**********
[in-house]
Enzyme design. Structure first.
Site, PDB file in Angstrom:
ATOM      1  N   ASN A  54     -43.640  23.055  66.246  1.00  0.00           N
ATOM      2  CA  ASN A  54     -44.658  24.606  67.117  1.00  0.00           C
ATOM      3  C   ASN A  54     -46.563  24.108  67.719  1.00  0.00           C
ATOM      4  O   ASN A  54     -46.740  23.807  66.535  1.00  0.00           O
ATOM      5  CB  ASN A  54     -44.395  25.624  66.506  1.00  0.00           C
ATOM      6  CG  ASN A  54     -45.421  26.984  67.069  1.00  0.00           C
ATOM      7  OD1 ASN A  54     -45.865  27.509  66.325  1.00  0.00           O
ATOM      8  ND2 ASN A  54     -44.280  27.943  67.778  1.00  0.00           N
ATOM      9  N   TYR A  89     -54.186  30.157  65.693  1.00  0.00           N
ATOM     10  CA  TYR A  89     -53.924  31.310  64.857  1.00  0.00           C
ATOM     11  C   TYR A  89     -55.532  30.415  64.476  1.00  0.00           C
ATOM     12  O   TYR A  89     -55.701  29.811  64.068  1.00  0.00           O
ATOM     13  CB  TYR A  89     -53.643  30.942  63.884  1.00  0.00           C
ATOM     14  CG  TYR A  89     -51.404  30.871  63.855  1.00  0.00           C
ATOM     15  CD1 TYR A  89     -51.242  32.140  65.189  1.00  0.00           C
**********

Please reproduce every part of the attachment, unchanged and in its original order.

[in-house]
Enzyme design. Structure first.
Site, PDB file in Angstrom:
ATOM      1  N   ASN A  54     -43.640  23.055  66.246  1.00  0.00           N
ATOM      2  CA  ASN A  54     -44.658  24.606  67.117  1.00  0.00           C
ATOM      3  C   ASN A  54     -46.563  24.108  67.719  1.00  0.00           C
ATOM      4  O   ASN A  54     -46.740  23.807  66.535  1.00  0.00           O
ATOM      5  CB  ASN A  54     -44.395  25.624  66.506  1.00  0.00           C
ATOM      6  CG  ASN A  54     -45.421  26.984  67.069  1.00  0.00           C
ATOM      7  OD1 ASN A  54     -45.865  27.509  66.325  1.00  0.00           O
ATOM      8  ND2 ASN A  54     -44.280  27.943  67.778  1.00  0.00           N
ATOM      9  N   TYR A  89     -54.186  30.157  65.693  1.00  0.00           N
ATOM     10  CA  TYR A  89     -53.924  31.310  64.857  1.00  0.00           C
ATOM     11  C   TYR A  89     -55.532  30.415  64.476  1.00  0.00           C
ATOM     12  O   TYR A  89     -55.701  29.811  64.068  1.00  0.00           O
ATOM     13  CB  TYR A  89     -53.643  30.942  63.884  1.00  0.00           C
ATOM     14  CG  TYR A  89     -51.404  30.871  63.855  1.00  0.00           C
ATOM     15  CD1 TYR A  89     -51.242  32.140  65.189  1.00  0.00           C